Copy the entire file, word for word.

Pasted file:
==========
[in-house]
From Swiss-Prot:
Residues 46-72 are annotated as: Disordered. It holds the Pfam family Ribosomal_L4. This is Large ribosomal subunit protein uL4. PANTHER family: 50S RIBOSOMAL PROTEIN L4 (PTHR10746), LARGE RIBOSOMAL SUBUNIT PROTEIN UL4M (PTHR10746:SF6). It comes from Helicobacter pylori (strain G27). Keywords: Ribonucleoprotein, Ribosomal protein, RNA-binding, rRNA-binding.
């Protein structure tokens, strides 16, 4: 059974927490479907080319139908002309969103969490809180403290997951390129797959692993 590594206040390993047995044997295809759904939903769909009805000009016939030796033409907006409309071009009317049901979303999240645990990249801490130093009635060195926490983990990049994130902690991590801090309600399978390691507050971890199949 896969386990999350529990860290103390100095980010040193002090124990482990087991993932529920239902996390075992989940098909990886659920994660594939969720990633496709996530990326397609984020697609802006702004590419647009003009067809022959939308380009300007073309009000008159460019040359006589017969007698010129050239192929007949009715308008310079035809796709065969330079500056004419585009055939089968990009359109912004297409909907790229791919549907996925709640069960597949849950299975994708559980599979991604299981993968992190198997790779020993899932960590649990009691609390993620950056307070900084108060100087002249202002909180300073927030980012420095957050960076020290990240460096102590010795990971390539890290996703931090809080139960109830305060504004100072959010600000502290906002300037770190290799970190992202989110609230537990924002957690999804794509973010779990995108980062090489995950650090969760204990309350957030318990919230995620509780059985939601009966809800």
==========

[in-house]
From Swiss-Prot:
Residues 46-72 are annotated as: Disordered. It holds the Pfam family Ribosomal_L4. This is Large ribosomal subunit protein uL4. PANTHER family: 50S RIBOSOMAL PROTEIN L4 (PTHR10746), LARGE RIBOSOMAL SUBUNIT PROTEIN UL4M (PTHR10746:SF6). It comes from Helicobacter pylori (strain G27). Keywords: Ribonucleoprotein, Ribosomal protein, RNA-binding, rRNA-binding.
């Protein structure tokens, strides 16, 4: 059974927490479907080319139908002309969103969490809180403290997951390129797959692993 590594206040390993047995044997295809759904939903769909009805000009016939030796033409907006409309071009009317049901979303999240645990990249801490130093009635060195926490983990990049994130902690991590801090309600399978390691507050971890199949 896969386990999350529990860290103390100095980010040193002090124990482990087991993932529920239902996390075992989940098909990886659920994660594939969720990633496709996530990326397609984020697609802006702004590419647009003009067809022959939308380009300007073309009000008159460019040359006589017969007698010129050239192929007949009715308008310079035809796709065969330079500056004419585009055939089968990009359109912004297409909907790229791919549907996925709640069960597949849950299975994708559980599979991604299981993968992190198997790779020993899932960590649990009691609390993620950056307070900084108060100087002249202002909180300073927030980012420095957050960076020290990240460096102590010795990971390539890290996703931090809080139960109830305060504004100072959010600000502290906002300037770190290799970190992202989110609230537990924002957690999804794509973010779990995108980062090489995950650090969760204990309350957030318990919230995620509780059985939601009966809800």